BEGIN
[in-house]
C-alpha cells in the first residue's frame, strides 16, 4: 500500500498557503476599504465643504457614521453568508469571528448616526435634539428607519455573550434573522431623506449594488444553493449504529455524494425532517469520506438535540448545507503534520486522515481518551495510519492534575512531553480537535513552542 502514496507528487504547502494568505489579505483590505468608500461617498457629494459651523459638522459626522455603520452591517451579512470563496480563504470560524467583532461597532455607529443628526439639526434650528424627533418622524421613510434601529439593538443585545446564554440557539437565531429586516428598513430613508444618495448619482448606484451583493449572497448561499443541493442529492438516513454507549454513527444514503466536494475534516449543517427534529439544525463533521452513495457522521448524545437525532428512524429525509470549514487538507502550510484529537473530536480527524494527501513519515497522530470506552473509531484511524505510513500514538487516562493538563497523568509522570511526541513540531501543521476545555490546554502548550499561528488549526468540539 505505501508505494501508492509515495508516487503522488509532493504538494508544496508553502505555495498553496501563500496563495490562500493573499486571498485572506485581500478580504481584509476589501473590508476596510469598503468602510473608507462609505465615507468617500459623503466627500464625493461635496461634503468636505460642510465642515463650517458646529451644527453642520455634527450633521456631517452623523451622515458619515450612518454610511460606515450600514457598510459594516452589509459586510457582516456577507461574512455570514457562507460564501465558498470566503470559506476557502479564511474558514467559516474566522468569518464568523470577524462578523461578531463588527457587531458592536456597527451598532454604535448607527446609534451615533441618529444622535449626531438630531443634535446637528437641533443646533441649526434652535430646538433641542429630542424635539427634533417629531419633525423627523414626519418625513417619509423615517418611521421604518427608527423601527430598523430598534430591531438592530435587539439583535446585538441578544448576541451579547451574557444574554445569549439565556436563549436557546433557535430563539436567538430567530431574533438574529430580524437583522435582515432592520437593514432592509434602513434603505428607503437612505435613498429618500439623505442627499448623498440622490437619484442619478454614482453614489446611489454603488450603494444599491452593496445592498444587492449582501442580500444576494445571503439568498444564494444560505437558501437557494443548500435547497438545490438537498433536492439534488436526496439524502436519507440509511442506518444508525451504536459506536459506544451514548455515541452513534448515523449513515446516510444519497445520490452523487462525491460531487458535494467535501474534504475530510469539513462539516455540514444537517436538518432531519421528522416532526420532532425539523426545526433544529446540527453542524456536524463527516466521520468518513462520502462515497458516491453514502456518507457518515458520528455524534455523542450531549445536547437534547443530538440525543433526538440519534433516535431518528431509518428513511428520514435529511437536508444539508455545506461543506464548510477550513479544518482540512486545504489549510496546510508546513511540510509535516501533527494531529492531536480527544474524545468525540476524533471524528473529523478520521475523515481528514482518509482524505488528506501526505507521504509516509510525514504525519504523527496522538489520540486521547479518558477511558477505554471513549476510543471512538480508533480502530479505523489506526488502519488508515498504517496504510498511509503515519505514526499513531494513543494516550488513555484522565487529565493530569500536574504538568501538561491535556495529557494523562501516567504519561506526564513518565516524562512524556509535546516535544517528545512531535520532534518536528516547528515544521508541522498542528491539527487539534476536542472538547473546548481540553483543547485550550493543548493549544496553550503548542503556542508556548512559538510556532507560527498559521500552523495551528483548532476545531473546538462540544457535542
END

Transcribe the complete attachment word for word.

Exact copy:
[in-house]
C-alpha cells in the first residue's frame, strides 16, 4: 500500500498557503476599504465643504457614521453568508469571528448616526435634539428607519455573550434573522431623506449594488444553493449504529455524494425532517469520506438535540448545507503534520486522515481518551495510519492534575512531553480537535513552542 502514496507528487504547502494568505489579505483590505468608500461617498457629494459651523459638522459626522455603520452591517451579512470563496480563504470560524467583532461597532455607529443628526439639526434650528424627533418622524421613510434601529439593538443585545446564554440557539437565531429586516428598513430613508444618495448619482448606484451583493449572497448561499443541493442529492438516513454507549454513527444514503466536494475534516449543517427534529439544525463533521452513495457522521448524545437525532428512524429525509470549514487538507502550510484529537473530536480527524494527501513519515497522530470506552473509531484511524505510513500514538487516562493538563497523568509522570511526541513540531501543521476545555490546554502548550499561528488549526468540539 505505501508505494501508492509515495508516487503522488509532493504538494508544496508553502505555495498553496501563500496563495490562500493573499486571498485572506485581500478580504481584509476589501473590508476596510469598503468602510473608507462609505465615507468617500459623503466627500464625493461635496461634503468636505460642510465642515463650517458646529451644527453642520455634527450633521456631517452623523451622515458619515450612518454610511460606515450600514457598510459594516452589509459586510457582516456577507461574512455570514457562507460564501465558498470566503470559506476557502479564511474558514467559516474566522468569518464568523470577524462578523461578531463588527457587531458592536456597527451598532454604535448607527446609534451615533441618529444622535449626531438630531443634535446637528437641533443646533441649526434652535430646538433641542429630542424635539427634533417629531419633525423627523414626519418625513417619509423615517418611521421604518427608527423601527430598523430598534430591531438592530435587539439583535446585538441578544448576541451579547451574557444574554445569549439565556436563549436557546433557535430563539436567538430567530431574533438574529430580524437583522435582515432592520437593514432592509434602513434603505428607503437612505435613498429618500439623505442627499448623498440622490437619484442619478454614482453614489446611489454603488450603494444599491452593496445592498444587492449582501442580500444576494445571503439568498444564494444560505437558501437557494443548500435547497438545490438537498433536492439534488436526496439524502436519507440509511442506518444508525451504536459506536459506544451514548455515541452513534448515523449513515446516510444519497445520490452523487462525491460531487458535494467535501474534504475530510469539513462539516455540514444537517436538518432531519421528522416532526420532532425539523426545526433544529446540527453542524456536524463527516466521520468518513462520502462515497458516491453514502456518507457518515458520528455524534455523542450531549445536547437534547443530538440525543433526538440519534433516535431518528431509518428513511428520514435529511437536508444539508455545506461543506464548510477550513479544518482540512486545504489549510496546510508546513511540510509535516501533527494531529492531536480527544474524545468525540476524533471524528473529523478520521475523515481528514482518509482524505488528506501526505507521504509516509510525514504525519504523527496522538489520540486521547479518558477511558477505554471513549476510543471512538480508533480502530479505523489506526488502519488508515498504517496504510498511509503515519505514526499513531494513543494516550488513555484522565487529565493530569500536574504538568501538561491535556495529557494523562501516567504519561506526564513518565516524562512524556509535546516535544517528545512531535520532534518536528516547528515544521508541522498542528491539527487539534476536542472538547473546548481540553483543547485550550493543548493549544496553550503548542503556542508556548512559538510556532507560527498559521500552523495551528483548532476545531473546538462540544457535542